Pagan Paul Apr 8
Across the meadows long and fair,
'pon a bay horse with high might,
did he ride away to conquer,
reflecting glories of the Fable Knight.

Sir Afen in armour gleaming wild,
a sharpened blade and heavy mace,
besaddled easy in prideful pose,
musing 'pon the battles coming embrace.

The melee holds a future memory,
of skill, brutality and of lucky chance,
all for to impress the sweet Lady
who tied her favour to his lance.

Through fields of blood and gore,
chasing the music of hurting screams,
hast thou a more invigouratiing path
for a man to create his dreams?

The fiery vigour within his veins
as the red mist crawls his eyes,
the fragrant stench of opened flesh,
horror shouts as his enemy dies.

Dagger and mace slash and swing,
the spiked ball lands a heavy maul,
unseated from his mighty steed,
'pon still corpses to soften his fall.

Sir Afen was indeed a mystic legend
and, 'pon his horse, so primly grand,
yet flounder did he most infant like,
his armour fighting 'gainst his stand.

Then aided by a passing boy squire
he stood with sword made at poise,
bellowed commands ring out fervent,
somehow dull inside the battles noise.

A flat blade dents his shiny helm,
peeling bells invade his foggy mind,
his images blur in shock surprise,
and behold the visions of the blind!

And battle drug lust, strange and fey,
feels no pain when in darker shade,
as gut slicing cuts rain down like piss,
from his enemies most truer blades.

Energy soaks faster than the dying blood,
into the dark soil 'pon the Heath,
Sir Afen's life so sadly ends this day,
taken by the Earth, bone cold beneath.

A parting wish, a Knights last thought,
the soft sweetness of his lovers kiss,
fading slow into Deaths warm arms,
with the image of his Lady Amarylis.

© Pagan Paul (05/04/18)
This did not start as a prequel to my Lady Amarylis poems,
it just sort of got there by itself.

Afen - Anglo Saxon name for Avon, the River
at whose mouth Bristol stands.
Pagan Paul Feb 12
She walks the castle walls at night,
with a rose held fast in her fingers,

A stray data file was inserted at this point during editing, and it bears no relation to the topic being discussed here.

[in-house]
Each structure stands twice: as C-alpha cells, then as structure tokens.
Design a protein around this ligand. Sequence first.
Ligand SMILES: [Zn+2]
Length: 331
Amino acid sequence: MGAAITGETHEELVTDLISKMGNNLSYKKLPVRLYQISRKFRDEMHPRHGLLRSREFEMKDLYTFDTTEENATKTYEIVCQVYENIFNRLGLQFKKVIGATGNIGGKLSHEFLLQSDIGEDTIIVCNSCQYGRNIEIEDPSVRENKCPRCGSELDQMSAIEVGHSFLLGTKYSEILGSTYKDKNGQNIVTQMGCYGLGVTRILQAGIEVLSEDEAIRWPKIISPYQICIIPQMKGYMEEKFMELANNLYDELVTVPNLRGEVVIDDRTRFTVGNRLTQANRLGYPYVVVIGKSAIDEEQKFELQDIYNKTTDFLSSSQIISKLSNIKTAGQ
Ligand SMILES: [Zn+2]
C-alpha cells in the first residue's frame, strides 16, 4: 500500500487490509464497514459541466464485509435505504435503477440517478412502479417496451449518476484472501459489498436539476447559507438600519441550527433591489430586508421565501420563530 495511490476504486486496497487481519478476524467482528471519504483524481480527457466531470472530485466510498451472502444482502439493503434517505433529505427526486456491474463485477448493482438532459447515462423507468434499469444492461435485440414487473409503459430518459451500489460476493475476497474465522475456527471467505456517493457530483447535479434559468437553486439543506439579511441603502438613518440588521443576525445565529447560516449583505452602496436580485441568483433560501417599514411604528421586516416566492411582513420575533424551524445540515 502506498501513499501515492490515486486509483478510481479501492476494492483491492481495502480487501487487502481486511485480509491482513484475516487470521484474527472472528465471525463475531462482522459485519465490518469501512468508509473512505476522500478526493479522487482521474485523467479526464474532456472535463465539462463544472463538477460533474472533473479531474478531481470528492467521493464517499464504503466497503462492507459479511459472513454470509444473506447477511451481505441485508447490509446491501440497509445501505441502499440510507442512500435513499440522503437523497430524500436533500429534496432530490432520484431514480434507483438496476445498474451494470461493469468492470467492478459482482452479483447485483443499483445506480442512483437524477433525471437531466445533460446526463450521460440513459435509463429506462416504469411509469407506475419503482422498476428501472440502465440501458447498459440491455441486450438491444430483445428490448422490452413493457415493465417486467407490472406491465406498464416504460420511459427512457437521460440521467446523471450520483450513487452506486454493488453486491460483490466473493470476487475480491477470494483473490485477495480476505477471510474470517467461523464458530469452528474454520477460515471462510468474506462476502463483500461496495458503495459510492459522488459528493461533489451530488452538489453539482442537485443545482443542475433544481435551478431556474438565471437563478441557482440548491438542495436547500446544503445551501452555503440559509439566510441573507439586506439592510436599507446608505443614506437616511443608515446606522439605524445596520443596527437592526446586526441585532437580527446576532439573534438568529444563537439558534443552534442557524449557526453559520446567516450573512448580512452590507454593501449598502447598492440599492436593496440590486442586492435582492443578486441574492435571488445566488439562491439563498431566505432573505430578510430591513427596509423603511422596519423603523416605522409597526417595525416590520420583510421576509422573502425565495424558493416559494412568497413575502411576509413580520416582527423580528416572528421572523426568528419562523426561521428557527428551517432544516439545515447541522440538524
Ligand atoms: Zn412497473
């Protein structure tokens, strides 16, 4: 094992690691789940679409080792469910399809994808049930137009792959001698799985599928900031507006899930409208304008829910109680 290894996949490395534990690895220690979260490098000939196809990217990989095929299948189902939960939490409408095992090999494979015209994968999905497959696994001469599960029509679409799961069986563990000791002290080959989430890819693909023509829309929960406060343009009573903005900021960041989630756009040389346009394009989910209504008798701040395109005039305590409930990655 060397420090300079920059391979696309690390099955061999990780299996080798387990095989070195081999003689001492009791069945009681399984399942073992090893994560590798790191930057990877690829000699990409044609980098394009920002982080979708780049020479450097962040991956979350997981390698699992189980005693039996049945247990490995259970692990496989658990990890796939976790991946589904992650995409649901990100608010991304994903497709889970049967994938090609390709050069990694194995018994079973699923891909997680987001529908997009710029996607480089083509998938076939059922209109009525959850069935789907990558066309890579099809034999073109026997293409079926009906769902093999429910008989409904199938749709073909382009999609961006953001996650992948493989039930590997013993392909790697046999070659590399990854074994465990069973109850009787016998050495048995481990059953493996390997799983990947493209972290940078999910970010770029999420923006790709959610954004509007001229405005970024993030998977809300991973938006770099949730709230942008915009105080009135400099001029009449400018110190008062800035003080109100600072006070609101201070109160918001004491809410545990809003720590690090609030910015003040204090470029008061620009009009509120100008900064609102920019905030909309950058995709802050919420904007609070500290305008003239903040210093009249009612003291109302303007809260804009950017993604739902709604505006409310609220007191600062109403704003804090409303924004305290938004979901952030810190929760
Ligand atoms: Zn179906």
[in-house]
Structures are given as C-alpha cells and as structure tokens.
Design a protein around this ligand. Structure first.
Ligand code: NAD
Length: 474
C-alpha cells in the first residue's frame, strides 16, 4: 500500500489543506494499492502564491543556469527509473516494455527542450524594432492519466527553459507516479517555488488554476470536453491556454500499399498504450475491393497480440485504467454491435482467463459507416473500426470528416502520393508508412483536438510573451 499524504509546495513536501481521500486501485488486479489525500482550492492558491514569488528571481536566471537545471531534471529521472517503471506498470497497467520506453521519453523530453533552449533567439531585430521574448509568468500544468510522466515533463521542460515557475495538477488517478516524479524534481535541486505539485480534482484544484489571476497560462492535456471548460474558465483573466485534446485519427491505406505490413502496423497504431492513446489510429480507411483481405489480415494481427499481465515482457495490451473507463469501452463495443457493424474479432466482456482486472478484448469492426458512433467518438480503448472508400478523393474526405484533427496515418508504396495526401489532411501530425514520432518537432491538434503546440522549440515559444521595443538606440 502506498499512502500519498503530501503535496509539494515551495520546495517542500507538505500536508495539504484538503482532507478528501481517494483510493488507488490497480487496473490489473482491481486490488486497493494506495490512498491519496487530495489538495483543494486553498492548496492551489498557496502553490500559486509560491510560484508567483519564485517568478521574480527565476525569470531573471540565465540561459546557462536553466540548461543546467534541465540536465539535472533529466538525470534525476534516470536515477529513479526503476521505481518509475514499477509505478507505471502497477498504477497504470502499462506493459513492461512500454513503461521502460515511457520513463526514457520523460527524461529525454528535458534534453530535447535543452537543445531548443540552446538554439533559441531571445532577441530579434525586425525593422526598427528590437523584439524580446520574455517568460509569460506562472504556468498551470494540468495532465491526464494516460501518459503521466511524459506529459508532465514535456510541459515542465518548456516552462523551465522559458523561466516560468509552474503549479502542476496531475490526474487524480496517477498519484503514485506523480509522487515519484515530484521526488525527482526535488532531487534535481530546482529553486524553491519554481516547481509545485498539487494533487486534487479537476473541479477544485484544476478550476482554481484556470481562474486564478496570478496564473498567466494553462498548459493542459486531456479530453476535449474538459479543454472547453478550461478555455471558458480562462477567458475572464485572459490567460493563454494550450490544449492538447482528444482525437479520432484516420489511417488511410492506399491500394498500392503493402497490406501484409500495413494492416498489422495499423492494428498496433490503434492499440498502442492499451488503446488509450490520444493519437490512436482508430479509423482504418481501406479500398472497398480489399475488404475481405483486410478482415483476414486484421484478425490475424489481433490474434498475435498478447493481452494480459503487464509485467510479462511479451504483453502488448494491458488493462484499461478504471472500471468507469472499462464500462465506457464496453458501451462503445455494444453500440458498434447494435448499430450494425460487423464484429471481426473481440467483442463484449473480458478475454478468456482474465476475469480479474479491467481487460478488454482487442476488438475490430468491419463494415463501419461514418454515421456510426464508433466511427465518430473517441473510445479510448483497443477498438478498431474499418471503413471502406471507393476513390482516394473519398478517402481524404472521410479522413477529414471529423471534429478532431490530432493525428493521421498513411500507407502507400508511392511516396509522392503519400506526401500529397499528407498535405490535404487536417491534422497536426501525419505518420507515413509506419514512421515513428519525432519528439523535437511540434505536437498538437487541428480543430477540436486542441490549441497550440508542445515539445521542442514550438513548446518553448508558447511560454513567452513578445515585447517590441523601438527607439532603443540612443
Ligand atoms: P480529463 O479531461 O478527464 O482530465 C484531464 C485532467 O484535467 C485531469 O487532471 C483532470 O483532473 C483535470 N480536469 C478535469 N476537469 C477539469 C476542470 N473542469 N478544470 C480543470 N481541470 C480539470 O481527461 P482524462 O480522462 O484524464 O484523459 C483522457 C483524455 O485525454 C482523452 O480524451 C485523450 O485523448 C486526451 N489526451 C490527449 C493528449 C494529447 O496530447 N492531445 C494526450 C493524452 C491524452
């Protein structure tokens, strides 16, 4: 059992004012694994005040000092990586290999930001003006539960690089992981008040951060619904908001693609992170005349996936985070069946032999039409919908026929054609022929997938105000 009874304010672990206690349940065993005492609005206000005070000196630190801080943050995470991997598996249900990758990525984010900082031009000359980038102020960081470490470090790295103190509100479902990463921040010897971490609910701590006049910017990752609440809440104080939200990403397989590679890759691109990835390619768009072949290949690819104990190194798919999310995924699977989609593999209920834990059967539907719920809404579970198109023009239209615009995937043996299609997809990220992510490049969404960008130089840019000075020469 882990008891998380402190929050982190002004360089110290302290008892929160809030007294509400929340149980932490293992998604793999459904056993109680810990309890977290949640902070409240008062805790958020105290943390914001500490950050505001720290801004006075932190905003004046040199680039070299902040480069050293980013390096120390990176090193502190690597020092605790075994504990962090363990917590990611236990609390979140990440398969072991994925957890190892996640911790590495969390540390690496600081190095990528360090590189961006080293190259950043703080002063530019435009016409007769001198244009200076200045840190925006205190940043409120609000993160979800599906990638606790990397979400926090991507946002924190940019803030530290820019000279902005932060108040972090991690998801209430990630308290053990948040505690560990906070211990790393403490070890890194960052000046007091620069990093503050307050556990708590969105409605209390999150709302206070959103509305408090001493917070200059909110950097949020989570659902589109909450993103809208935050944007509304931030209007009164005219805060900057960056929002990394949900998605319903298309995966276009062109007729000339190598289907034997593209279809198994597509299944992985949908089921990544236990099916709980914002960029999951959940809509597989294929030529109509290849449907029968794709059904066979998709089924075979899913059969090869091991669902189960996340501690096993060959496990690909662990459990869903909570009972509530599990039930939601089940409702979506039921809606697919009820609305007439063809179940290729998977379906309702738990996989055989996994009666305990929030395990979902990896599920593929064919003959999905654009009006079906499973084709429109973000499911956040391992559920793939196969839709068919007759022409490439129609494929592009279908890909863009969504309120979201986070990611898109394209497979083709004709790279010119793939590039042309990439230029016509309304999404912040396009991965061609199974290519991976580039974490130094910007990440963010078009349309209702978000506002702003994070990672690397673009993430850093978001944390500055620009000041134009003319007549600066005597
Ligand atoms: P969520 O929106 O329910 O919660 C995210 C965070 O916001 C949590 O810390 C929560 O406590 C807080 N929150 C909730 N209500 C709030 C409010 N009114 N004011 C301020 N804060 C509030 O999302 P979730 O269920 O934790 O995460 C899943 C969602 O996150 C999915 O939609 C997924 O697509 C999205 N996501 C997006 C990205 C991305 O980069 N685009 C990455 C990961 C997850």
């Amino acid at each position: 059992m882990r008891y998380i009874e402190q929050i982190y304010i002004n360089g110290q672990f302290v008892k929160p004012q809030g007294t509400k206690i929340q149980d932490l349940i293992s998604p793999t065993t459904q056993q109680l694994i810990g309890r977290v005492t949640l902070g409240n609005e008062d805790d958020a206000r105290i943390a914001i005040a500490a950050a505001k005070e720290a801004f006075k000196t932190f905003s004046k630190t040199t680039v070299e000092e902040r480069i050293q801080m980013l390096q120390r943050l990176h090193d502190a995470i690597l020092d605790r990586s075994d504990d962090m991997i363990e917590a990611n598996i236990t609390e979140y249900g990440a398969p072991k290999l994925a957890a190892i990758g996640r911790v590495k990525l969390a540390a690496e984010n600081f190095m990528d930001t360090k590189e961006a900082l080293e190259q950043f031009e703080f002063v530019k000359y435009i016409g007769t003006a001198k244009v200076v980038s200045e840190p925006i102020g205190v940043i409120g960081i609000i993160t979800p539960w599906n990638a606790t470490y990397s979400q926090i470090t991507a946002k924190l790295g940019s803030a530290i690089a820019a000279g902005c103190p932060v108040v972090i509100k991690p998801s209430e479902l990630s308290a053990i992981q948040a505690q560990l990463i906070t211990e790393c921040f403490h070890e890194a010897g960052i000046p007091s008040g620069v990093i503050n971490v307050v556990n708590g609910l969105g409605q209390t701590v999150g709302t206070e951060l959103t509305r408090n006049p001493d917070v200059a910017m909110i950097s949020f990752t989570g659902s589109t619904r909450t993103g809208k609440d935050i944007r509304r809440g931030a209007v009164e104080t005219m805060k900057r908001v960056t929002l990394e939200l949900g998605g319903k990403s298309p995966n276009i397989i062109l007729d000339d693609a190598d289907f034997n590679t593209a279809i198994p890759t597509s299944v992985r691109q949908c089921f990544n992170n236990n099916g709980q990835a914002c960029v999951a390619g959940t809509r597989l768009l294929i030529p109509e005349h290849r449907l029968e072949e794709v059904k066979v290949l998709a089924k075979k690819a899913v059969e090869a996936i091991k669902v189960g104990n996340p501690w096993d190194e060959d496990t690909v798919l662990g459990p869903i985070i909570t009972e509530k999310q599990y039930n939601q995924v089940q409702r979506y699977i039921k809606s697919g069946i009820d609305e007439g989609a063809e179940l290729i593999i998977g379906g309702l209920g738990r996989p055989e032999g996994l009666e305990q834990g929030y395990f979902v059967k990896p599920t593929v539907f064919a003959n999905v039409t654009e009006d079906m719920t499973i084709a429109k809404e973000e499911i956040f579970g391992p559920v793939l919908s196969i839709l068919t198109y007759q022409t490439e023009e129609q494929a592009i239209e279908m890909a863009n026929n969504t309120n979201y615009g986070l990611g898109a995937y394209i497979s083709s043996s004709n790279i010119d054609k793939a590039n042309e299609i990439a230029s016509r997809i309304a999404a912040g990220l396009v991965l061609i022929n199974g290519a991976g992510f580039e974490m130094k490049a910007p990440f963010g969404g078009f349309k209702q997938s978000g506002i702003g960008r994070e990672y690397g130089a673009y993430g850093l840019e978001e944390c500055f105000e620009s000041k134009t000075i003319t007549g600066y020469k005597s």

the mist rolls away across the land,
the memory of her lover still lingers.

Cold flagstones beneath her slippered feet
hold the histories of the aeons tight.
Old battles, wars, and terrifying sieges,
ghosts of ancient warriors wail in the night.

And still she clutches his parting gift,
she wears the bond burden of his ring,
his love weighs upon her broken heart,
tears flow free with a melancholic sting.

They fall upon the stones and disappear,
additions to the heavy tomes of history,
little gems writing sadness in a story,
as she stares into the distance so wistfully.

© Pagan Paul (10/02/18)
Pagan Paul Oct 2017
A gemshorn and a mandolin
strike up counterpoint melodies,
as a harp and viola
caress the notes of a minuet.
Soft waves of music creep
around the joy of the Hall,
cuddling the fibres of granite stone
with a warming fire for all.

And she steps to the fore,
slippers of silk gliding so slow,
eyes as blue as robins eggs,
smile sweet as a full moons glow.
Hair laced with summer flowers,
a long dress of velvet green,
and the shawm she is ready to play
held lightly by fingers so keen.

Her tongue moistens shyly,
as the reed approaches her lips,
with fingers dancing over holes,
and deftly into a trance she slips.
Descending chords in choral hue,
drip colours into an aching heart,
the sweetest of mediaeval muses,
playing well her minstrels part.

© Pagan Paul (21/10/17)
Shawm, Gemshorn - mediaeval musical instruments.
Pagan Paul Mar 2017
Walking in the forest was I
when I heard a plaintiff cry
begging me to give her aid
a desperate and 'prisoned maid.

Locked up in a tower was she
all alone with her misery.
“I'll let my long hair down for thee
to climb up here and rescue me”.

I thought this was a little unwise,
a wicked glint tinged my eyes,
a knowing smile, and feeling smug,
I gave her hair a hefty tug.

Down she fell into my arms,
muttering curses, gushing charms.
Over and over we tumbled for fun
rolling about in the midday sun.

I noticed the rip in her dress
so her thigh I did fondly caress.
Respond in kind she promptly felt,
loosening off my trouser belt.

And her father's lock on her chastity
was no match for my skeleton key.
Even though he'd chained the door,
his daughter is a maiden no more.

© Pagan Paul (2017)
Reworked Poem.

— The End —